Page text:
BACKGROUND OF THE INVENTION

Capillary transport zones have been provided to convey (drops of patient sample along a path to a test area such as is provided by an ion-selective electrode,) and/or to a drop of reference liquid to form, e.g., an electrically conductive interface. Examples are shown in U.S. Pat. Nos. 4,233,029 and in 4,310,399. In the first of these, the opposing surfaces that are spaced apart a capillary distance are held together, with such a spacing, by means of adhesive, column 11, lines 1-6. In the second of these two, the surfaces are said to be joined with their capillary spacing, by the use of ultrasonic bonding. To permit such bonding, plastics are preferred.

Highly preferred plastics are those that are readily manufacturable and provide adequate support when used in a test element containing such a capillary transport zone. The problem has been that the material of choice, relative to these manufacturing considerations, is polystyrene, which has a serious disadvantage: it is not readily wetted by the patient samples of choice. Thus, polystyrene typically forms a high equilibrium contact angle with water and serum, specifically, 87° and 83°, respectively, for a typical polystyrene. Such poor wettability tends to make the flow behavior of patient sample through the transport zone, erratic and unpredictable. Although geometric surfaces on the polystyrene can be used to overcome such erratic behavior, a more convenient construction of the transport zone would be one in which the surface is inherently more wettable. In such a case, the need for geometric surface designs would be avoided. Prior to this invention, it has been difficult to find a plastic that is both more wettable and has the manufacturability of plastics like polystyrene.

Although wetting agents have been applied to the polystyrene in an effort to solve the wettability problem, these agents in turn tend to have the disadvantage of interacting with the patient sample in one way or another. For example, a physical interaction of swelling occurs when using gelatin as the wetting agent as described in my U.S. Pat. No. 4,549,952 issued Oct. 29, 1985. This swelling has an advantageous function of increasing the viscosity of the flowing liquid, as noted in the patent. However, it also requires careful spacing tolerances, lest the gelatin swell to the point of preventing necessary liquid flow, e.g., as described in column 7, lines 11-16.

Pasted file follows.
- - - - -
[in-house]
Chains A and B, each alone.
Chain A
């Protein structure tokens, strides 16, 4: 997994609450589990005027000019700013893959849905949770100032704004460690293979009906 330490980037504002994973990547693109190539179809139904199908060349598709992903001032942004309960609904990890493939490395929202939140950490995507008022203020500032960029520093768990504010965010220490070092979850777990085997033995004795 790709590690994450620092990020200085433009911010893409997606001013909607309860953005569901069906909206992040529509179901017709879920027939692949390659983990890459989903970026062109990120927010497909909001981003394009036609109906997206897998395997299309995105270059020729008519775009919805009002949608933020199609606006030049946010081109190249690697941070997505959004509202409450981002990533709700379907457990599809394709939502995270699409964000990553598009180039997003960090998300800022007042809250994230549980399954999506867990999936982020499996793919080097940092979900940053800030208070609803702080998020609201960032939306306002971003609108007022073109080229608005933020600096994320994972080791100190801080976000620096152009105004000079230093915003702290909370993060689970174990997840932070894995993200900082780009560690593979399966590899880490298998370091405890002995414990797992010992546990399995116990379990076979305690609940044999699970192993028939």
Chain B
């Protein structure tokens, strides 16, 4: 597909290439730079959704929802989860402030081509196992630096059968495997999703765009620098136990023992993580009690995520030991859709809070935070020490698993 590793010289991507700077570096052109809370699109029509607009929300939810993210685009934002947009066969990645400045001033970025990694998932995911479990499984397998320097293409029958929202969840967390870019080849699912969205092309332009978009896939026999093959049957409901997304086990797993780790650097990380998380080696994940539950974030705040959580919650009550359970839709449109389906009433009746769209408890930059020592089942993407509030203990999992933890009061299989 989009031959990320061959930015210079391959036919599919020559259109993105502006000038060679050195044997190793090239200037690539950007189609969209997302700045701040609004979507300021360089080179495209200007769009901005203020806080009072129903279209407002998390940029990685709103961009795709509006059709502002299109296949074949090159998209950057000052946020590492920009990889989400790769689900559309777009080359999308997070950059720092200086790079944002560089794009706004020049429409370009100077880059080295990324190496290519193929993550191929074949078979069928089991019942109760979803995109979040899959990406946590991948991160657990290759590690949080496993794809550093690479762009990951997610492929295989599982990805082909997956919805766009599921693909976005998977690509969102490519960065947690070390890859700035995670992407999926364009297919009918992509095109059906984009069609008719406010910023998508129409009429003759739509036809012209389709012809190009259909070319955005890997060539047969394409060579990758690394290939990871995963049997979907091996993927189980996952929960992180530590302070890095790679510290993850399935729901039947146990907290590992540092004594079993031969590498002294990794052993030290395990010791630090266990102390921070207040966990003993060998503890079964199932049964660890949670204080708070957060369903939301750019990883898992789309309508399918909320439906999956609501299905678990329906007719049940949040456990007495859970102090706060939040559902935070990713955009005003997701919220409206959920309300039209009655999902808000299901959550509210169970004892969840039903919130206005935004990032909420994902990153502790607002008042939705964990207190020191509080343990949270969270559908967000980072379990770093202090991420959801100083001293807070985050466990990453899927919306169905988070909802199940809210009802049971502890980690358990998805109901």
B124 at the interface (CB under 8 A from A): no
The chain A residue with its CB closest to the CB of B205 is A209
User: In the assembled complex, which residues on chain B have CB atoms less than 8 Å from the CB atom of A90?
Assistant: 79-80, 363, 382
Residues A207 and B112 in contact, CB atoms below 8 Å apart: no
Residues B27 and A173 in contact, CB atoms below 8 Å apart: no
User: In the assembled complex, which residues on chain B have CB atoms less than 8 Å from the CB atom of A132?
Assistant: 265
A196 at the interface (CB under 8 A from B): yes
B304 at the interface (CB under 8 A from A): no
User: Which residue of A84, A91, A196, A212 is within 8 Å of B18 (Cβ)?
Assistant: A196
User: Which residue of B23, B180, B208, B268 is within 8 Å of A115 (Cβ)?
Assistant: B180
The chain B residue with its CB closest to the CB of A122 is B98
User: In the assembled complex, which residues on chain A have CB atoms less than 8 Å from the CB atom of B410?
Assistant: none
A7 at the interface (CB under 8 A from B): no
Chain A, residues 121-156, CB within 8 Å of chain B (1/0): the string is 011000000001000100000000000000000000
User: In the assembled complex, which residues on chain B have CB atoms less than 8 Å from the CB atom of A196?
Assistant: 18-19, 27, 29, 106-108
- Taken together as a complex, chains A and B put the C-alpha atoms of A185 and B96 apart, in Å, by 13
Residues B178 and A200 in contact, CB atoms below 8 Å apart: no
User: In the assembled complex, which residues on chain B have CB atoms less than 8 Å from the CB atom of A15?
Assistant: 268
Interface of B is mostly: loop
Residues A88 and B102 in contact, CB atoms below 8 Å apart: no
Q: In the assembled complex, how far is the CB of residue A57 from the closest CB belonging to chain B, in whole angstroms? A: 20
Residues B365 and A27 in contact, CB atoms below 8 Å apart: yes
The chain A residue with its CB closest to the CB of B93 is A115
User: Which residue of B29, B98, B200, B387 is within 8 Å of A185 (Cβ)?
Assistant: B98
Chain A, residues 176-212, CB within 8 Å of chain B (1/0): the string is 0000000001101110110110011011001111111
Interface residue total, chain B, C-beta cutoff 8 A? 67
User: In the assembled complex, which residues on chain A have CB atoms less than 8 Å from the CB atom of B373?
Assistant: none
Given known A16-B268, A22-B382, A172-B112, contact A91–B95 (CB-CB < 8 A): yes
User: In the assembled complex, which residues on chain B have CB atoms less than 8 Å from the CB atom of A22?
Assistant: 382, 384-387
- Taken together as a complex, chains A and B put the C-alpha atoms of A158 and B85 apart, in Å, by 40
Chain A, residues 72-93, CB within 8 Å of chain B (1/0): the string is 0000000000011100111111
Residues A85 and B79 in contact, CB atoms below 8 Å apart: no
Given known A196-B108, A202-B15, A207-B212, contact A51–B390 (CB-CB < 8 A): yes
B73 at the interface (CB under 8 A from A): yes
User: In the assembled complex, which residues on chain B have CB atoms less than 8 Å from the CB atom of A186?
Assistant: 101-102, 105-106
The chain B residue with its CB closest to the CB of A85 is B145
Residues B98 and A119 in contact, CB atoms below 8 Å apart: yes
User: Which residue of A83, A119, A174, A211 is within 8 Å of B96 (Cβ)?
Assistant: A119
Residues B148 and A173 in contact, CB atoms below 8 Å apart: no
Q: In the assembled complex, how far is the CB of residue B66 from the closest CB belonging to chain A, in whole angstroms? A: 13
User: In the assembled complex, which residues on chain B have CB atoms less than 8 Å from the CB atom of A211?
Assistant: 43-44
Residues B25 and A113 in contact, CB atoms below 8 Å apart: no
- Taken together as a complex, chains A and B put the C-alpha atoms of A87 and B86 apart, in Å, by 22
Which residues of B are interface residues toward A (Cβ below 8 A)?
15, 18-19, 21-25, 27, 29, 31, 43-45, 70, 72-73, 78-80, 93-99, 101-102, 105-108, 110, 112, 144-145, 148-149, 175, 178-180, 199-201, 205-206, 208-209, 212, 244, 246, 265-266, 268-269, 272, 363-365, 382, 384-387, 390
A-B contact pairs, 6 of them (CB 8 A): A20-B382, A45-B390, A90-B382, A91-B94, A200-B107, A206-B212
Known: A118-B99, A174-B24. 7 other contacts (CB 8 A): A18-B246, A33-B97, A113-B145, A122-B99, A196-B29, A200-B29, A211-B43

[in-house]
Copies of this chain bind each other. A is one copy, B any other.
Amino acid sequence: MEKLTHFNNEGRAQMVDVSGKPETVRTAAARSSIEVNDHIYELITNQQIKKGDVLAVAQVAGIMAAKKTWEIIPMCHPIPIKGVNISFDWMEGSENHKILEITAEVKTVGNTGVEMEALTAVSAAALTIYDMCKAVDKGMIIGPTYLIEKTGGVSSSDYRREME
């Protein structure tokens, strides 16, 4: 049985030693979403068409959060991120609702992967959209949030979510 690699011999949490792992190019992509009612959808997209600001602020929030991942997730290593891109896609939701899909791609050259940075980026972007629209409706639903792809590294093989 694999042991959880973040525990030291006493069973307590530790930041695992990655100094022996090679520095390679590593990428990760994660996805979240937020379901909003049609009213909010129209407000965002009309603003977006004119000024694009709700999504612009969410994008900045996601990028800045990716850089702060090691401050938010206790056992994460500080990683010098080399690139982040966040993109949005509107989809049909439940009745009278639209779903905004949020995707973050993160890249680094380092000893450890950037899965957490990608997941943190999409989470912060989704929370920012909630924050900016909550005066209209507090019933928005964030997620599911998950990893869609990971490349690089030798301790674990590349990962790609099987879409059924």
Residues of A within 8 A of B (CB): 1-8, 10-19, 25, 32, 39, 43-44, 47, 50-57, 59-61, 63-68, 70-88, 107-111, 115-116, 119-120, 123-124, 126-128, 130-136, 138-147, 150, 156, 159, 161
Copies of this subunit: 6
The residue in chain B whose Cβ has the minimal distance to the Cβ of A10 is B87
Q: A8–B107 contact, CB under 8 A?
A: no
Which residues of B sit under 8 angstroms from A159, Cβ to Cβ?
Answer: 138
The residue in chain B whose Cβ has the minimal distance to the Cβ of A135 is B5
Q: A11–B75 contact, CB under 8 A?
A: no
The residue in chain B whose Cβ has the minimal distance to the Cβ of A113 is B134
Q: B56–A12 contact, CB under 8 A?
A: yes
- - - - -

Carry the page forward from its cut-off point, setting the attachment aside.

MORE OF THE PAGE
SUMMARY OF THE INVENTION

I have discovered a wetting agent that solves the wettability problem of the polystyrene, while remaining inert to the patient sample. Furthermore, the wetting agent has the fortuitous property of being an adhesive for the bonding together of plastic parts used to form the transport zone. As such, it can be coated in a single pass to provide both the joining function and the wetting function.

More specifically, in accord with one aspect of this invention there is provided a device providing a liquid transport zone for moving liquid along a path by capillary attraction, the zone comprising two opposing surfaces joined together so as to provide a capillary spacing between the surfaces, the surfaces comprising a supporting material having an equilibrium contact angle with serum that is greater than about 80° or less than about 30°. The device is improved in that at least one of the opposing surfaces is coated in at least a portion of the transport zone with an adhesive capable of bonding together the supporting material of the surfaces, the adhesive, when cured, having an equilibrium contact angle with serum that is less than about 80° and greater than about 30°.

In accord with another aspect of the invention, there is provided a method of making a device containing a liquid transport zone capable of transporting patient sample through the zone via capillary action, the zone comprising opposing surfaces joined together so as to provide a capillary spacing between the surfaces, the surfaces comprising a supporting material having an equilibrium contact angle with serum that is greater than about 80° or less than 30°. The method comprises the steps of (a) providing the supporting material configured with the opposing surfaces; (b) coating at least a portion of the supporting material of at least one of the opposing surfaces with an adhesive capable of bonding together the supporting material, the adhesive, when dry, having an equilibrium contact angle with serum that is less than about 80° and greater than about 30°, some of the adhesive being applied in at least a portion of the area of the transport zone; (c) joining the supporting materials; and (d) curing the adhesive.

Thus, it is an advantageous feature of the invention that a readily manufacturable plastic having an equilibrium contact angle with serum that is greater than about 80°, can be used to manufacture liquid transport devices without sacrificing surface wettability properties and without requiring the use of a coating whose swelling properties requires careful maintenance of tolerances.